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FINANCIAL INSTITUTIONS VIEW POOR DATA MANAGEMENT AS A MAJOR OBSTACLE TO ACHIEVING STP AND T+1

London - Four out of five financial institutions see badly managed reference data as a major cause of internal Straight Through Processing (STP) failure, according to a report published today by TowerGroup, Reuters and Capco.

STP is the automation of the entire lifecycle of a financial trade and depends upon consistent data about the customer, the instrument, the deal and settlement. The research surveyed 131 financial markets industry professionals around the globe and found that on average, 30 per cent of failed trades are caused as a direct result of poor data management. The leading cause of these failed trades was identified as the inaccurate identification of settlement counter-parties, reducing STP in the post-trade and settlement arena.

Despite the impact of poorly managed data, 37 per cent of respondents stated that their organisation did not have a reference data strategy. In addition, 55 per cent said they did not have, or were unaware, of the existence of defined data reference standards within their organisation. These findings highlight that by failing to implement the necessary controls and strategies to manage the quality and consistency of their reference data, banks are exposing themselves to undue risk, inefficiency, costs and failed trades.

The research highlights the industry's reliance on manual entry and maintenance of reference data, even though human intervention increases overheads and the risk of errors. A third of respondents indicate that 90 per cent of their data is updated manually. Only four per cent of respondents have automated maintenance for over 90 per cent of their data. This lack of automation is reflected in the resources financial institutions are using to maintain data, with 10 per cent of organisations employing over 200 staff to re-key information.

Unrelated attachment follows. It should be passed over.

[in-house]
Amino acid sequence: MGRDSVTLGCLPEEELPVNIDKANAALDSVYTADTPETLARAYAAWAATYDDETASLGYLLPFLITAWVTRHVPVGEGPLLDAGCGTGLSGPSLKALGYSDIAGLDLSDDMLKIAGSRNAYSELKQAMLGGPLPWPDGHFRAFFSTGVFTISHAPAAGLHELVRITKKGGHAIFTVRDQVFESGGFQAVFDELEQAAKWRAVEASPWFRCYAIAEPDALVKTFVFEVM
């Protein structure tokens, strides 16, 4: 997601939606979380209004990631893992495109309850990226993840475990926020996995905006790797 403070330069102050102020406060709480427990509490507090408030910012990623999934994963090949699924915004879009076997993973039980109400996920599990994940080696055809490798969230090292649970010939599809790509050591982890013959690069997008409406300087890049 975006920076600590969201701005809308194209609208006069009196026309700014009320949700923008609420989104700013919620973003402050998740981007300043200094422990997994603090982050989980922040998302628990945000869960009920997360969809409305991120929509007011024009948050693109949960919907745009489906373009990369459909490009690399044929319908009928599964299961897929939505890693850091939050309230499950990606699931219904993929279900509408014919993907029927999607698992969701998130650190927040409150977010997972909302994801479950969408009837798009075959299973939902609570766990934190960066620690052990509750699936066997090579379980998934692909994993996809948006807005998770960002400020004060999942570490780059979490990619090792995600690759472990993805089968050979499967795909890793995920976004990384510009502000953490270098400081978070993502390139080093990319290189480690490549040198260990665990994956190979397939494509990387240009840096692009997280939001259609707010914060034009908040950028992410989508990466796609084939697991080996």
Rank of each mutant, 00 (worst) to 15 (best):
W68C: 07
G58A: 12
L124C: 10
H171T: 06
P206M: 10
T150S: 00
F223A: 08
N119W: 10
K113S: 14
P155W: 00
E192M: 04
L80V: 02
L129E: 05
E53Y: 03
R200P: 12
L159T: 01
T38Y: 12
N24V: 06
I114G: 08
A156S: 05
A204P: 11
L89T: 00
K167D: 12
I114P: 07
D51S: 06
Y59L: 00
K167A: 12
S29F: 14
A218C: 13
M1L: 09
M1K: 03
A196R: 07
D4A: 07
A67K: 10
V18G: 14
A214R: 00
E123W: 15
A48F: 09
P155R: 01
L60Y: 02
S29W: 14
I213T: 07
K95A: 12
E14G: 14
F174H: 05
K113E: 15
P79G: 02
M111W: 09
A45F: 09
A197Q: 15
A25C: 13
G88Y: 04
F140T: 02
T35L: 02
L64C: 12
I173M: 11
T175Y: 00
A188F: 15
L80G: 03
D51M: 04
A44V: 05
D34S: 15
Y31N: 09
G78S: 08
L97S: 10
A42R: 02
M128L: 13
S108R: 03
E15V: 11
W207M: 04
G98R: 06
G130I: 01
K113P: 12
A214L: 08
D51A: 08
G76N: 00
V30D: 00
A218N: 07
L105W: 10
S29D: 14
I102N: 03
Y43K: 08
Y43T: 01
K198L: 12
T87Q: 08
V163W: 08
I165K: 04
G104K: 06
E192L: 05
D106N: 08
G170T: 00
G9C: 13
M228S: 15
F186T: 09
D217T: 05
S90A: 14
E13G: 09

With T+1 deadlines looming and STP as a pressing business requirement, the research also indicates the enormous task at hand for the majority of
financial institutions. The average number of client records and instruments
held is over two million. This volume of information is made harder to
manage because it is also widely distributed, with 48 per cent of respondents indicating that this data is held in 10 or more systems across their organisation. In eight per cent of cases the data is held in more than 150 systems.

Tim Lind, Senior Analyst, TowerGroup, said: "Reliable reference data is
fundamental to all aspects of the investment process, but as the research shows, its management will be one of the biggest challenges facing financial institutions going forward to T+1. What we found through this study and our own extensive STP and T+1 research is that although the industry is aware of the inadequacies of their data management practices, the issue is only just being given the attention or the level of priority it deserves. The message is clear - to achieve true STP, financial services institutions need to consider how to effectively define, manage and augment their reference data."

Martin Cole, Managing Director, Reuters Consulting, commented: "Achieving true STP in an environment full of disparate and unconnected systems is a huge challenge, and one which TowerGroup predicts the global securities industry will spend an estimated $19bn on over the next four years alone. This report has confirmed that data management has a crucial role to play in achieving the goals of STP and T+1. By drawing on many years of managing and distributing the data produced by 263 of the worlds exchanges, Reuters is well positioned to offer a complete data management solution."

Roger Preece, Partner, Capco, says: "This research shows that data management is still being largely ignored at the institutional level. Accurate, consistent and timely reference data is one of the key foundation blocks for achieving STP, managing risk and performing effective client relationship management. It does not exist at the moment and therefore must be one of the major priorities for industry participants. Costs, control and client service must be the focus and our recently announced joint venture with Reuters has been established to provide solutions which enable financial institutions to solve this issue."